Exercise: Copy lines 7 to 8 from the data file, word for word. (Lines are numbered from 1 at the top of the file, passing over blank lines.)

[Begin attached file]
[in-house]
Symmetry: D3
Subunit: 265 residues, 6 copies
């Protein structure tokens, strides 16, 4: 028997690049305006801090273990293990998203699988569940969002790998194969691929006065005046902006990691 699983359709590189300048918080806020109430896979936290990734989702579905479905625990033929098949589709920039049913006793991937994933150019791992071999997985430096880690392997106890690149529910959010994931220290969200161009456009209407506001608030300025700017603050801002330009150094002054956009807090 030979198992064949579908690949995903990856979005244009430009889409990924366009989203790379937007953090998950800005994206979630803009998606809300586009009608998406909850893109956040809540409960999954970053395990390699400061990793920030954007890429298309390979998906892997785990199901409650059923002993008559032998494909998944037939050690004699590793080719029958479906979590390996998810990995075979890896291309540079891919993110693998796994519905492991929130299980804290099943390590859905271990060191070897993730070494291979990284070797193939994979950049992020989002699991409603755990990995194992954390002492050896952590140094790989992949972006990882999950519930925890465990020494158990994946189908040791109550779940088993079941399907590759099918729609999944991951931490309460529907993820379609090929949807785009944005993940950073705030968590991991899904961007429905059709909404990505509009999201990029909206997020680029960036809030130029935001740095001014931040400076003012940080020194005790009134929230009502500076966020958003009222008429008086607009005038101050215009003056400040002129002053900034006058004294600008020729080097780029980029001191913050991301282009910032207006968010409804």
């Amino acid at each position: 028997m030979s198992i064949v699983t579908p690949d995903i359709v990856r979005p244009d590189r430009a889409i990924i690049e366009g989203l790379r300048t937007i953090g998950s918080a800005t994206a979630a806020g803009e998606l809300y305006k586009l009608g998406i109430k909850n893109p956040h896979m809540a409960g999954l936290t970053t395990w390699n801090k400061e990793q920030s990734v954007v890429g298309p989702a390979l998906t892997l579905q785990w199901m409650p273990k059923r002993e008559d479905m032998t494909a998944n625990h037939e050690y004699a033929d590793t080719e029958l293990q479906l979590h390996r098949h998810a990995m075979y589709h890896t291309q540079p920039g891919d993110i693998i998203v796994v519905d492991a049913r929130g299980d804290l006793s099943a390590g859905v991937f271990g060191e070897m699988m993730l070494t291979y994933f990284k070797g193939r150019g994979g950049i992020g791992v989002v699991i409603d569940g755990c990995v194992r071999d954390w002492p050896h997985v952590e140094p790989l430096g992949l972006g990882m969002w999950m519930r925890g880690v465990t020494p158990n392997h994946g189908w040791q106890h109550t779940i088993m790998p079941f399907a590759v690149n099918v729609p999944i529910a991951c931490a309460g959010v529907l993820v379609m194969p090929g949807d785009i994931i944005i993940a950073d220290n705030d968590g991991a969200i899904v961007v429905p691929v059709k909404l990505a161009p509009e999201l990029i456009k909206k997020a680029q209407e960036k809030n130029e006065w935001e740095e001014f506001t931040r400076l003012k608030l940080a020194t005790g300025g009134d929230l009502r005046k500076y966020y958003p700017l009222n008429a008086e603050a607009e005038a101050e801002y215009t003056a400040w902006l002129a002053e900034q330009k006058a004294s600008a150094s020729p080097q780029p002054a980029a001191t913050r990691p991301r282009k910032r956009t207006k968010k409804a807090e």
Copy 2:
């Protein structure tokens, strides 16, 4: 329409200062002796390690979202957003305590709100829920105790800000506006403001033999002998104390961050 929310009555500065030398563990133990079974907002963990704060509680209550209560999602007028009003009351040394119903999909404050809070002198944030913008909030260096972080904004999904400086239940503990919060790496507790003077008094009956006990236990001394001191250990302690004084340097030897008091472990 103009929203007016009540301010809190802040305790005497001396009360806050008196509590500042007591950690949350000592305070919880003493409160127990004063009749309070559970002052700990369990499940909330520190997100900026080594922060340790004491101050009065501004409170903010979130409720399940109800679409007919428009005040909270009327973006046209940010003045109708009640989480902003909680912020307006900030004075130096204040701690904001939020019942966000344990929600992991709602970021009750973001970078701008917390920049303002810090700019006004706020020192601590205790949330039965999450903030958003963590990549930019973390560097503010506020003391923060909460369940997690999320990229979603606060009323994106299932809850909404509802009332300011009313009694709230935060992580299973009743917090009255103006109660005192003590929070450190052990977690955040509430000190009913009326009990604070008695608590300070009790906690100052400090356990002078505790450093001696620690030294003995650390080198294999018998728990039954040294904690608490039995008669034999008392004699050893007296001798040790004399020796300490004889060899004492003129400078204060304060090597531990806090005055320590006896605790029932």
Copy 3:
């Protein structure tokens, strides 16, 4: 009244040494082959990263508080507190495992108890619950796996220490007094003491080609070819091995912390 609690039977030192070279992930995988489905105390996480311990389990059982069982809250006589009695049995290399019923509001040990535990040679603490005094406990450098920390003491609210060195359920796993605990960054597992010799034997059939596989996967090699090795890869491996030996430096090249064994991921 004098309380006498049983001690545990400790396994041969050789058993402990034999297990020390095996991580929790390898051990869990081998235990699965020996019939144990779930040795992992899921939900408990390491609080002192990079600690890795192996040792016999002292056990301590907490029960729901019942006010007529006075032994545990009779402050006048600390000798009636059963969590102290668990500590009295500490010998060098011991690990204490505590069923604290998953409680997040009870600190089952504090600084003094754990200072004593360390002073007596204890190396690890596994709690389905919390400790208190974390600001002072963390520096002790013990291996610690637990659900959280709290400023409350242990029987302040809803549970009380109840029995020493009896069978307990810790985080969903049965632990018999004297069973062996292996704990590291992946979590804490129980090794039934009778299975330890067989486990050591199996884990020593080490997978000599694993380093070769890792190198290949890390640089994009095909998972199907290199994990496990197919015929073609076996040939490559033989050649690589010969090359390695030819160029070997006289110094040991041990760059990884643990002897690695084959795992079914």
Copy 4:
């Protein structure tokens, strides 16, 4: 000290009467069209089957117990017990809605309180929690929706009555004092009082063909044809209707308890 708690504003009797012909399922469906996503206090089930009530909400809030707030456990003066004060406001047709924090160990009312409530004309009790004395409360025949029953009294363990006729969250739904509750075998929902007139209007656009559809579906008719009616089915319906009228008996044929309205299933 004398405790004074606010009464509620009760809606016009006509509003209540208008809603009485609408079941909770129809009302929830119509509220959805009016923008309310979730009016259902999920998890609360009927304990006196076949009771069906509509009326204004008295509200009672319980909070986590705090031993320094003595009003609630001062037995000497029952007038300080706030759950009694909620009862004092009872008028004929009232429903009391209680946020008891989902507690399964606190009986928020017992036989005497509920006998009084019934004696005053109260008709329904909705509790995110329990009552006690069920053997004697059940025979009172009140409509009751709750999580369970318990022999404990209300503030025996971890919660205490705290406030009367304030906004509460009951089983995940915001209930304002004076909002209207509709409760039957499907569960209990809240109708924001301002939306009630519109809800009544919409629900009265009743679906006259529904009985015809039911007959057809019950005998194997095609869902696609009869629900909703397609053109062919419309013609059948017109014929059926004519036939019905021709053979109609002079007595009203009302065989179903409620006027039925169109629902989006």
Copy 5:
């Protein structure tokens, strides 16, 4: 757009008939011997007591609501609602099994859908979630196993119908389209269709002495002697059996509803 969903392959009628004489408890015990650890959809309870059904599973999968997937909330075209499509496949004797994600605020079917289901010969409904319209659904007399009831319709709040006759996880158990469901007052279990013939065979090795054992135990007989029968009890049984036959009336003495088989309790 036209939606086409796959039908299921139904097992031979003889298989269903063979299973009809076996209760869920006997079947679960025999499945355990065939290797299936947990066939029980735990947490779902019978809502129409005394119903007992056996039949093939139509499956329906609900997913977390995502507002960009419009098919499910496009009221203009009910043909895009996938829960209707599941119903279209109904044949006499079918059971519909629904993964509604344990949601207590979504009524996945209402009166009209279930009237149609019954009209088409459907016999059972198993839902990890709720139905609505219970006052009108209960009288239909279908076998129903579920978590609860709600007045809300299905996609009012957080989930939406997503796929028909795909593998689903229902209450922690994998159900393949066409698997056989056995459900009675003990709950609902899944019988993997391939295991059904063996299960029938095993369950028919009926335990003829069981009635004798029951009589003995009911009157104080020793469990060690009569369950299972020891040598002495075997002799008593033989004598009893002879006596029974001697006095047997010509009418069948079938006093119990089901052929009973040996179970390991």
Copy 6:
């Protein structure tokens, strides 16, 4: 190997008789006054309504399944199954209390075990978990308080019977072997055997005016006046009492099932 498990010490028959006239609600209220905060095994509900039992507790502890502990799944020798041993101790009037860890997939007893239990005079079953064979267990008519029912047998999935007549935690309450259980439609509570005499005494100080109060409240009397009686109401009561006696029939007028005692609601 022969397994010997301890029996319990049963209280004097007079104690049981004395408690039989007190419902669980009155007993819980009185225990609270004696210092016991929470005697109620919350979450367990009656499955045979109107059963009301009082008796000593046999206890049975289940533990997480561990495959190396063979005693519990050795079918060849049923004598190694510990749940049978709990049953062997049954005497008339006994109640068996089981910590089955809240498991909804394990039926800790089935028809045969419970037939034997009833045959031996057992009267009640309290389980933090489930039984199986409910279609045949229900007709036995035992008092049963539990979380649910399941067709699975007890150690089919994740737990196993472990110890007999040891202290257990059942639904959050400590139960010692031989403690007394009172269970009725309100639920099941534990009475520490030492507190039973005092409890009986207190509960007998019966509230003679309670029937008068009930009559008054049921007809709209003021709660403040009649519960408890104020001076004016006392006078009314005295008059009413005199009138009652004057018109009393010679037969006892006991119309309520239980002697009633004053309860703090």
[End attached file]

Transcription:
């Protein structure tokens, strides 16, 4: 329409200062002796390690979202957003305590709100829920105790800000506006403001033999002998104390961050 929310009555500065030398563990133990079974907002963990704060509680209550209560999602007028009003009351040394119903999909404050809070002198944030913008909030260096972080904004999904400086239940503990919060790496507790003077008094009956006990236990001394001191250990302690004084340097030897008091472990 103009929203007016009540301010809190802040305790005497001396009360806050008196509590500042007591950690949350000592305070919880003493409160127990004063009749309070559970002052700990369990499940909330520190997100900026080594922060340790004491101050009065501004409170903010979130409720399940109800679409007919428009005040909270009327973006046209940010003045109708009640989480902003909680912020307006900030004075130096204040701690904001939020019942966000344990929600992991709602970021009750973001970078701008917390920049303002810090700019006004706020020192601590205790949330039965999450903030958003963590990549930019973390560097503010506020003391923060909460369940997690999320990229979603606060009323994106299932809850909404509802009332300011009313009694709230935060992580299973009743917090009255103006109660005192003590929070450190052990977690955040509430000190009913009326009990604070008695608590300070009790906690100052400090356990002078505790450093001696620690030294003995650390080198294999018998728990039954040294904690608490039995008669034999008392004699050893007296001798040790004399020796300490004889060899004492003129400078204060304060090597531990806090005055320590006896605790029932």
Copy 3: